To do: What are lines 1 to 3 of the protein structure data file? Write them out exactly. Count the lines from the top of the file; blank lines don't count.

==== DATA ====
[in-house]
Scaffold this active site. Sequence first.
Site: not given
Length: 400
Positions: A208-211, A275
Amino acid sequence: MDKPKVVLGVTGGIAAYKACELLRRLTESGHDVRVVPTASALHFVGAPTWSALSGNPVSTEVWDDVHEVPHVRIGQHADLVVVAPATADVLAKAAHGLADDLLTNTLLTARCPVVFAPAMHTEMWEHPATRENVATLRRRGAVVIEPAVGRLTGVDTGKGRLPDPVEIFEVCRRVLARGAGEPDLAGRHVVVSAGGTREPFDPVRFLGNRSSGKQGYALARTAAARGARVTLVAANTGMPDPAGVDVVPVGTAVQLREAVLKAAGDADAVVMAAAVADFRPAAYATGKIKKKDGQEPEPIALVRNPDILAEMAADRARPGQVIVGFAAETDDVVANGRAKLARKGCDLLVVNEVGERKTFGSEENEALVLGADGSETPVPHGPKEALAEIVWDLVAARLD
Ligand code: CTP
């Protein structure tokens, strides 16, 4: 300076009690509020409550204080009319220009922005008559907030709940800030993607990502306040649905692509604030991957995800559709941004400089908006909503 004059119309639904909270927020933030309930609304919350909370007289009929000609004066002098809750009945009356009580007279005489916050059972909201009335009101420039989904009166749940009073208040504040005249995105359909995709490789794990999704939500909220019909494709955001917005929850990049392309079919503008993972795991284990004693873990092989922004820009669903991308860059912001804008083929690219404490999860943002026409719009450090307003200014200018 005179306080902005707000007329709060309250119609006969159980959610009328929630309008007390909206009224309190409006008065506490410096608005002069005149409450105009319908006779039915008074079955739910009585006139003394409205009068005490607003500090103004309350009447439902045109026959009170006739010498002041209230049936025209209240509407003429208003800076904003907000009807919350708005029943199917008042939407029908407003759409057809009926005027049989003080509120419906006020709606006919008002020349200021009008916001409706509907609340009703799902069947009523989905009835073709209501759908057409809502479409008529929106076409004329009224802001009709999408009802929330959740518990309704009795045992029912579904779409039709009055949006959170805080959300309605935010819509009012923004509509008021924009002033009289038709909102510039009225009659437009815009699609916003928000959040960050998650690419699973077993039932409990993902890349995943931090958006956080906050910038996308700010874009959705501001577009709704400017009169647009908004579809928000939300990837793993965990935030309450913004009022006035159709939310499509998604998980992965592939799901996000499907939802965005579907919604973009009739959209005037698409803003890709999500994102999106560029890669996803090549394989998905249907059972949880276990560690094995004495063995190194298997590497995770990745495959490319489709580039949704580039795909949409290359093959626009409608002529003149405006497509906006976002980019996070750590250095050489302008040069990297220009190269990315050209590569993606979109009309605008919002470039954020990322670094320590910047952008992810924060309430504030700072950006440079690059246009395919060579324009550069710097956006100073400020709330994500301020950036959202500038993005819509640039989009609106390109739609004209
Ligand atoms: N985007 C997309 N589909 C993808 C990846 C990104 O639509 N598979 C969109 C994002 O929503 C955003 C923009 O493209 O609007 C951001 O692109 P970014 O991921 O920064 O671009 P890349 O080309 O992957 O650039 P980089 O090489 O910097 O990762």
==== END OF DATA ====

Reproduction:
[in-house]
Scaffold this active site. Sequence first.
Site: not given